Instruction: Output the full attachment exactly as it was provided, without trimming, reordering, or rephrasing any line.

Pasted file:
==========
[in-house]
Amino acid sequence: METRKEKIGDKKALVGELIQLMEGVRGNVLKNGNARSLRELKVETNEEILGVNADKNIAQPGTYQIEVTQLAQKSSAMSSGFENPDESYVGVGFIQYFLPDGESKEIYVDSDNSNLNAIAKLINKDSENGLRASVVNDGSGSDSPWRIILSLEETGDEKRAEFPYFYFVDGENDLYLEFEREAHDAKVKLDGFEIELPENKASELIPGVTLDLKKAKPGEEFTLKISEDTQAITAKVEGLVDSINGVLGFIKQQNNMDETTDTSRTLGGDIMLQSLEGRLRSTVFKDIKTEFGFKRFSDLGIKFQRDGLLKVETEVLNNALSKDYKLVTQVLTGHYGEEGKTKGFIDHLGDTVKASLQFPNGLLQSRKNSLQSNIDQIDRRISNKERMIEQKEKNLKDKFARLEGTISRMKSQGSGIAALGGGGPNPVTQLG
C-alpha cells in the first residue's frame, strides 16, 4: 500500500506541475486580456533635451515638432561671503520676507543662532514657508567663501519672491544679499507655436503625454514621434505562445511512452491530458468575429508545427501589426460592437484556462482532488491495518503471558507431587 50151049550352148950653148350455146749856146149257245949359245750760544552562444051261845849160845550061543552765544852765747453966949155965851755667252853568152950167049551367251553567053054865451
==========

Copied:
[in-house]
Amino acid sequence: METRKEKIGDKKALVGELIQLMEGVRGNVLKNGNARSLRELKVETNEEILGVNADKNIAQPGTYQIEVTQLAQKSSAMSSGFENPDESYVGVGFIQYFLPDGESKEIYVDSDNSNLNAIAKLINKDSENGLRASVVNDGSGSDSPWRIILSLEETGDEKRAEFPYFYFVDGENDLYLEFEREAHDAKVKLDGFEIELPENKASELIPGVTLDLKKAKPGEEFTLKISEDTQAITAKVEGLVDSINGVLGFIKQQNNMDETTDTSRTLGGDIMLQSLEGRLRSTVFKDIKTEFGFKRFSDLGIKFQRDGLLKVETEVLNNALSKDYKLVTQVLTGHYGEEGKTKGFIDHLGDTVKASLQFPNGLLQSRKNSLQSNIDQIDRRISNKERMIEQKEKNLKDKFARLEGTISRMKSQGSGIAALGGGGPNPVTQLG
C-alpha cells in the first residue's frame, strides 16, 4: 500500500506541475486580456533635451515638432561671503520676507543662532514657508567663501519672491544679499507655436503625454514621434505562445511512452491530458468575429508545427501589426460592437484556462482532488491495518503471558507431587 50151049550352148950653148350455146749856146149257245949359245750760544552562444051261845849160845550061543552765544852765747453966949155965851755667252853568152950167049551367251553567053054865451